No help for Helps? Victoria mayor reflects on plan to hire chief of staff

A frustrated Victoria Mayor Lisa Helps said she might abandon plans to hire a chief of staff after the majority of councillors, led by Ben Isitt, balked at paying $120,000 a year for the new position.

Isitt won support for providing a base salary of $80,000 plus pension and benefits for a total of about $96,000 for the new position in the mayor’s office, to be called head of strategy and operations.

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“I don’t even know that it’s worth it to go and seek a senior person who’s going to work for $80,000,” Helps said.

The proposed position would last four years — to the end of Helps’s term.

Helps said she had no one in mind but is not looking to hire an assistant or someone she has to supervise.

She wants to hire someone “who has the capacity and the leadership ability to just do things.”

“I didn’t envision somebody who was going to get paid the same amount or less than many of our unionized supervisors to come and be the executive in the mayors’ office.,” Helps said. “It doesn’t make any sense. The salary makes no sense, so I’m just kind of happier to carry on with the status quo.”

Isitt and others argued $80,000 is a good salary, about 2.5 times more than what is considered the living wage for Victoria.

The salary is double the rate of pay for city councillors, Isitt said, adding there would be a disconnect if the assistant to the mayor were paid more than the mayor.

“I think we’ll find some fantastic applicants,” he said. “You look at people working in the legislative assembly, it’s an exciting opportunity.”

Coun. Laurel Collins said as a councillor she is logging about 56 hours a week and paid about $40,000 a year.

“I have a master’s [degree] and I’m five or six years into a PhD program. I think this kind of position has appeal and benefits beyond the salary. … We do need to be thinking that there is a huge differential between our lowest paid workers and our highest paid,” she said.

Collins, Sarah Potts and Sharmarke Dubow were elected to council under the aegis of Together Victoria, which they describe as “a grassroots organization” that is “dedicated to creating an affordable, inclusive and thriving city.”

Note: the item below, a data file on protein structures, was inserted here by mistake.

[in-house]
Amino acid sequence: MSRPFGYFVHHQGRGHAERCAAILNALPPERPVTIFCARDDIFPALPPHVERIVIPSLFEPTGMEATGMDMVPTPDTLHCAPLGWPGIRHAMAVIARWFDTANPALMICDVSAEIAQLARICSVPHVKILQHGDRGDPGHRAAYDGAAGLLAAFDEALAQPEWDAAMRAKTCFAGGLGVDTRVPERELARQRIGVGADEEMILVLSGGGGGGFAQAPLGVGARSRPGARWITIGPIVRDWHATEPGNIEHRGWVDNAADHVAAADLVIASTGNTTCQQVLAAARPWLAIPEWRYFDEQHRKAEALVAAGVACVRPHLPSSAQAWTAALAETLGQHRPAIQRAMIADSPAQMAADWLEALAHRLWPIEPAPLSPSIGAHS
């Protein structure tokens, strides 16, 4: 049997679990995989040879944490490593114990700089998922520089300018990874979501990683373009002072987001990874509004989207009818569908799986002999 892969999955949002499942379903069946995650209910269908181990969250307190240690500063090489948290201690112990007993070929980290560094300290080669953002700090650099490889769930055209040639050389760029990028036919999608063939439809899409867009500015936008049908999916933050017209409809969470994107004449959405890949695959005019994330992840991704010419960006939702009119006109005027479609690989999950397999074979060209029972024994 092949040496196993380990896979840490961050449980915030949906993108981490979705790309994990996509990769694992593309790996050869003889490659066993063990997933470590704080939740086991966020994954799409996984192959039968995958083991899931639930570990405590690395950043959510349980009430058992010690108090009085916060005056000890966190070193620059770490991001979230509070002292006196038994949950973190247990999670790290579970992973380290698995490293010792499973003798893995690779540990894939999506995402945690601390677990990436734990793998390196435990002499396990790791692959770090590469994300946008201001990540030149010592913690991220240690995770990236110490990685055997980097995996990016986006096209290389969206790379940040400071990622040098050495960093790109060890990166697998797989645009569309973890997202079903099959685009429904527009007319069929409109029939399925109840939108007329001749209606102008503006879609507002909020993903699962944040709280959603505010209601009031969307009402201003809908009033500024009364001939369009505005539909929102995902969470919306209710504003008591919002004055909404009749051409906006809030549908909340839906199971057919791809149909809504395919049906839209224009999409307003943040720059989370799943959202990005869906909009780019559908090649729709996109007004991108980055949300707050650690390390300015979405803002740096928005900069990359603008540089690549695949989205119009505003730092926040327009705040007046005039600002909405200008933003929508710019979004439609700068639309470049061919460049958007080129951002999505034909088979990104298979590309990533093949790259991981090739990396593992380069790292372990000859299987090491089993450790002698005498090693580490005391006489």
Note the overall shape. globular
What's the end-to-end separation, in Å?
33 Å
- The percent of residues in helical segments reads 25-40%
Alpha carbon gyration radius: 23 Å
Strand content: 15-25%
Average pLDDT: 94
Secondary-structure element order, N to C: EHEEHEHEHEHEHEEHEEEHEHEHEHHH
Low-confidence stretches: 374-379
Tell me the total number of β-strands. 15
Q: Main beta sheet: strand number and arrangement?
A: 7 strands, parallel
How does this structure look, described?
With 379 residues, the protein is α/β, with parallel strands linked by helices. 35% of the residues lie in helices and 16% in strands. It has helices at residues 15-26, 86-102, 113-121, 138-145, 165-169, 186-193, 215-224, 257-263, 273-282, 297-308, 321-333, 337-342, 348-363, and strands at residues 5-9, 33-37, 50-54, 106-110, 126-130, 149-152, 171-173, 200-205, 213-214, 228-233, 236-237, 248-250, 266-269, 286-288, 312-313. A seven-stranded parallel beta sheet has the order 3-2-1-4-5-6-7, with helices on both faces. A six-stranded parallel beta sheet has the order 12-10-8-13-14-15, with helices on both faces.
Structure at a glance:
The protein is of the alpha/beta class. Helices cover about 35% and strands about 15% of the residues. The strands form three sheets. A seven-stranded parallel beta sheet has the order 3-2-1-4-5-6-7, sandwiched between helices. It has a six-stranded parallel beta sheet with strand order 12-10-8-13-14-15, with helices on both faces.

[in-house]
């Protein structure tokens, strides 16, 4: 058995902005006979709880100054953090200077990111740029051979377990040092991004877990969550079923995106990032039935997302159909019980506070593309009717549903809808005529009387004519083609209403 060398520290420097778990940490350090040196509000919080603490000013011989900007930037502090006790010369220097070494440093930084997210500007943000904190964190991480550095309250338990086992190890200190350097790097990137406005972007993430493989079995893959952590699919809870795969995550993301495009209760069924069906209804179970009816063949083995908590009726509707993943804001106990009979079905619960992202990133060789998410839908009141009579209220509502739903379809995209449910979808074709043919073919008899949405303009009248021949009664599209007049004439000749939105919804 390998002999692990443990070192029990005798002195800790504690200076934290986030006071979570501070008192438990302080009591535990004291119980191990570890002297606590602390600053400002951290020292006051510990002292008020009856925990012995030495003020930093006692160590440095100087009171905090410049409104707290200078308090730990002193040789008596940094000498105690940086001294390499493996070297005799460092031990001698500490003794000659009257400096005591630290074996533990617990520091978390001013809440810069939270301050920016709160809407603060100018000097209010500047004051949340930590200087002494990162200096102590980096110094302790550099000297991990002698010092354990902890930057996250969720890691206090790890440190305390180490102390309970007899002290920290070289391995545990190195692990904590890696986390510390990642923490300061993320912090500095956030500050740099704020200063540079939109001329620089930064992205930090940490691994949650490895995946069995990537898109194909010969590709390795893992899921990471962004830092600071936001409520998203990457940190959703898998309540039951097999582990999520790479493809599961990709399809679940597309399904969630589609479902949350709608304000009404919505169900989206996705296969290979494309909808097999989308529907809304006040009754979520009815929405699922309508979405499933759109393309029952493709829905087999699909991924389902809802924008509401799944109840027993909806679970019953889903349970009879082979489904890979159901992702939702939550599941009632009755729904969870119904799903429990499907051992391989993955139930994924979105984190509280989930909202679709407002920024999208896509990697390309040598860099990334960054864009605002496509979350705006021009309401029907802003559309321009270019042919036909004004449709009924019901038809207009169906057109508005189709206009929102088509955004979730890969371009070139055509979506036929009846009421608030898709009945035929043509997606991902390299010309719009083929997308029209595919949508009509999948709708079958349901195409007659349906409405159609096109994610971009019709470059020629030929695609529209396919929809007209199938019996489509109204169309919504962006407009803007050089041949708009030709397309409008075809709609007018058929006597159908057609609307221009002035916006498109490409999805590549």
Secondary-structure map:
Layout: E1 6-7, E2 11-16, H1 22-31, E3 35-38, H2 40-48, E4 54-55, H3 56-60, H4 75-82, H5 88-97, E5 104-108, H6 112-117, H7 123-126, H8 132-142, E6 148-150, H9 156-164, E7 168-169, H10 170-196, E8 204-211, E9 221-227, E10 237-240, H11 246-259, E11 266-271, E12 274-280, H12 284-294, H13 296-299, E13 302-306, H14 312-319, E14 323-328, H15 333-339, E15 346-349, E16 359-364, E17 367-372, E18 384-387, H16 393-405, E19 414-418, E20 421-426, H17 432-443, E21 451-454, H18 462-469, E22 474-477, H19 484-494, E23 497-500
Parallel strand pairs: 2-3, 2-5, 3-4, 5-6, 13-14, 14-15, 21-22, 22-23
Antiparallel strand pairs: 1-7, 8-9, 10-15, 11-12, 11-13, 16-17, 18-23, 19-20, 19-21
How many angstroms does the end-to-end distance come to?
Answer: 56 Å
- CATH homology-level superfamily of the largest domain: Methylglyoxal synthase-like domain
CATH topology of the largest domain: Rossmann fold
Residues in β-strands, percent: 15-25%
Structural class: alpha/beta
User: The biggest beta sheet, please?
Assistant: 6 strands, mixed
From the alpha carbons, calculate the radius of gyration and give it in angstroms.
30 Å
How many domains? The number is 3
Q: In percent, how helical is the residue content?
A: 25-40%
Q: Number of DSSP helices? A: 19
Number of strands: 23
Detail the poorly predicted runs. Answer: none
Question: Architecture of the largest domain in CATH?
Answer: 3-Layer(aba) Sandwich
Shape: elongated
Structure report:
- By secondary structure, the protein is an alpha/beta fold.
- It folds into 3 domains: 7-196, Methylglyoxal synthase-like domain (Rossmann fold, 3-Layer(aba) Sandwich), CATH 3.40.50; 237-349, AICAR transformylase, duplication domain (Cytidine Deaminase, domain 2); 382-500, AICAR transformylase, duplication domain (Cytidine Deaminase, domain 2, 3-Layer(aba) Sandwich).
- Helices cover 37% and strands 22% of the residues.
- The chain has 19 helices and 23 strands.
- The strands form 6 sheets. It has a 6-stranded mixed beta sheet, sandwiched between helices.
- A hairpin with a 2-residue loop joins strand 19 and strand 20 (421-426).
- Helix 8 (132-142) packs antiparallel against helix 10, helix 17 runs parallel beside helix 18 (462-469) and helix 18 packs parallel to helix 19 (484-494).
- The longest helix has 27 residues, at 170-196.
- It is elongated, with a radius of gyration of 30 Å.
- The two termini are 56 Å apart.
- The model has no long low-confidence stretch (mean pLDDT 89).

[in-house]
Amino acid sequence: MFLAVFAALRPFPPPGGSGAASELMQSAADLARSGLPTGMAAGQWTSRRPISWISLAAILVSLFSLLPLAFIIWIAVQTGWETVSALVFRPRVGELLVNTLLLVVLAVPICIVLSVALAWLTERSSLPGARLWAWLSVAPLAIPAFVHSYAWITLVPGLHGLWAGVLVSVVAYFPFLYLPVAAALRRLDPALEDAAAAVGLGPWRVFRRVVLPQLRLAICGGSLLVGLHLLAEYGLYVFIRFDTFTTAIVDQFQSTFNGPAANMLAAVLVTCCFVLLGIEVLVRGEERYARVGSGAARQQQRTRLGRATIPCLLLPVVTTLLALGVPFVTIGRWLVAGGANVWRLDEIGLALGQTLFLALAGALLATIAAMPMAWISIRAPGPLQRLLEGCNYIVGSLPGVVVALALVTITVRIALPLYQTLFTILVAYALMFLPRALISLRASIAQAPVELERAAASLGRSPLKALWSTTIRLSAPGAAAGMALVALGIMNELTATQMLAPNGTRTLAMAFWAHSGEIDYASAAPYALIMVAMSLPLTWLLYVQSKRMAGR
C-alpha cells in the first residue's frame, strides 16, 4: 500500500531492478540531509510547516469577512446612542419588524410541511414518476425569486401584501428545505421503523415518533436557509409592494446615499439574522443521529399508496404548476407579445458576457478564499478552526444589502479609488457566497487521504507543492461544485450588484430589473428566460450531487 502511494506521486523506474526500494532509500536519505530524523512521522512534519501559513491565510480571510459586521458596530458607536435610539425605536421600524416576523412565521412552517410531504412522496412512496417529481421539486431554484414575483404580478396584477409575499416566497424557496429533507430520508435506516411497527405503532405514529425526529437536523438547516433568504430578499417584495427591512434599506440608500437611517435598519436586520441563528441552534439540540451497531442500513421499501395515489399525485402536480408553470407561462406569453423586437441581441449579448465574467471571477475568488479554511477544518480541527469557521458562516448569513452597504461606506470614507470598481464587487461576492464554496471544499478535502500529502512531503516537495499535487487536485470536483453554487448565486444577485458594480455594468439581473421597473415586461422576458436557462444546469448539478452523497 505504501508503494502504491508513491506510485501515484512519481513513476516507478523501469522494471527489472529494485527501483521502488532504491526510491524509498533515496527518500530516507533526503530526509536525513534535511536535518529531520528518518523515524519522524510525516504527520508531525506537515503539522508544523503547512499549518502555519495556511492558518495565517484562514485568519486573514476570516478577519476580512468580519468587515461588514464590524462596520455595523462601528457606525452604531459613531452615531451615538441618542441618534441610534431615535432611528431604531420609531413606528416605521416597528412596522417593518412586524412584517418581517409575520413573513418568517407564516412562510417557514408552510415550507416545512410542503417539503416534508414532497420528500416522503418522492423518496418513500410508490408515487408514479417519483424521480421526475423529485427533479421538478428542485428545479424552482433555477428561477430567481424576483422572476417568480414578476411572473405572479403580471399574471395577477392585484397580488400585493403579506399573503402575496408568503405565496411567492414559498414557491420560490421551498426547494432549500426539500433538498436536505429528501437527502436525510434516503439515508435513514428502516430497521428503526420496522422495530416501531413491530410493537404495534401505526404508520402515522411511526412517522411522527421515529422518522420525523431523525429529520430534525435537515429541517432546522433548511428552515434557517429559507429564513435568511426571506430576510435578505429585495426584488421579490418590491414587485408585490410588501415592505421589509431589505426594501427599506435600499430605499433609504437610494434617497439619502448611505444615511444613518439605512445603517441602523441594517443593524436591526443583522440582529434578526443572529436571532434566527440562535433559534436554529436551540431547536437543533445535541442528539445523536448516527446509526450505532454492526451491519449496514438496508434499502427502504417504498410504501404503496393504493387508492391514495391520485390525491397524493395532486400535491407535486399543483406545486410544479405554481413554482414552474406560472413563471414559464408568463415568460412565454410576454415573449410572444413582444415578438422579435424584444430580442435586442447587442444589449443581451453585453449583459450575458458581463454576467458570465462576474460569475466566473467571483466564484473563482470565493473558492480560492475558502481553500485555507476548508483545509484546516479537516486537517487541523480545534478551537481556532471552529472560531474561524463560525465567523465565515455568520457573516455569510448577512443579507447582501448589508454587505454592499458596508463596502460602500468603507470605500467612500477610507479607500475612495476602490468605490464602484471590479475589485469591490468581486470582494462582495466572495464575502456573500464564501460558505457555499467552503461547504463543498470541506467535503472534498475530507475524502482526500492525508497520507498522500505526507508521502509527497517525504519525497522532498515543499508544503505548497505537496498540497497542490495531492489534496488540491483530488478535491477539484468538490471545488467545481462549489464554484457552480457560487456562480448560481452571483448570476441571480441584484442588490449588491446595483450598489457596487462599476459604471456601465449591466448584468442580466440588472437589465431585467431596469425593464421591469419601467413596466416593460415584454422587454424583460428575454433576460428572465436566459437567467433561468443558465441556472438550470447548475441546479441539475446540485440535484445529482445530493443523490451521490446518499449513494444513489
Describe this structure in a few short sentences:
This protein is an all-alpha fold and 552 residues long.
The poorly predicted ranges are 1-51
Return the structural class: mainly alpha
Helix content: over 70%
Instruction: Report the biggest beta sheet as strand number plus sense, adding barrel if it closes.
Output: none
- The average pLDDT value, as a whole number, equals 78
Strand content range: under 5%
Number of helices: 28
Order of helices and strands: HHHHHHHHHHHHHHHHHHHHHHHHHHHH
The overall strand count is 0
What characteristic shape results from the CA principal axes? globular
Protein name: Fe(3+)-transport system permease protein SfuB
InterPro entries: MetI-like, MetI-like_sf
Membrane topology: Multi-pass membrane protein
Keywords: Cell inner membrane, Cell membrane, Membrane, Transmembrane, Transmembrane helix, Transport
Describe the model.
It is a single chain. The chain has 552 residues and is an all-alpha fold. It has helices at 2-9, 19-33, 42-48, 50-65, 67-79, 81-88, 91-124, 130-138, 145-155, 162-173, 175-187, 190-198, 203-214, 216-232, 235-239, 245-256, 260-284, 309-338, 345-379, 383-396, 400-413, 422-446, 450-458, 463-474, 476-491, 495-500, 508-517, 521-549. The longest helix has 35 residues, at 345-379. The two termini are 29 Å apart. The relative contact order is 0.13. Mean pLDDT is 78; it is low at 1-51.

Coun. Geoff Young said the whole idea of creating a new political position in the mayor’s office was “bizarre,” noting the proposed job description essentially mirrored the city manager’s job description.

“The idea that we’re setting up some kind of parallel political process within the bosom of the city to reflect — I don’t know — the agenda of the mayor as opposed to the agenda of the council? I don’t understand what is contemplated here,” Young said.

Councillors still had to ratify their decision Thursday night past press time.

Council last month approved Helps’s recommendation to create a new head of strategy position to work in the mayor’s office, but said the estimated $130,000 annual salary Helps proposed was too rich.

They referred the issue back to staff for analysis. Staff consulted with an external compensation consultant and reviewed similar positions in other municipalities and recommend paying between $120,000 and $125,000 in total salary and benefits.

Helps made headlines in 2015 after being elected to her first term when she announced she wouldn’t be hiring an executive assistant at a salary and benefit package of $98,774 a year.

The mayor’s executive assistant was a job created by Alan Lowe when he was mayor and continued by Dean Fortin when he was elected mayor.

Helps said in 2015 that she didn’t see the need for an executive assistant and that not hiring one would save the city $400,000 over the course of the term.

Helps, who received $104,000 in salary and filed expenses of $22,949 in 2017, recommended the new position pay $130,000 a year — which she called “an honest assessment of what it will take to get the kind of support that will help in my office.”

Helps recommended the position be filled by Jan. 7 on a four-year contract, terminating the day of the 2022 election, but council decided the position should be filled in January and reviewed as part of the 2021 budget process.

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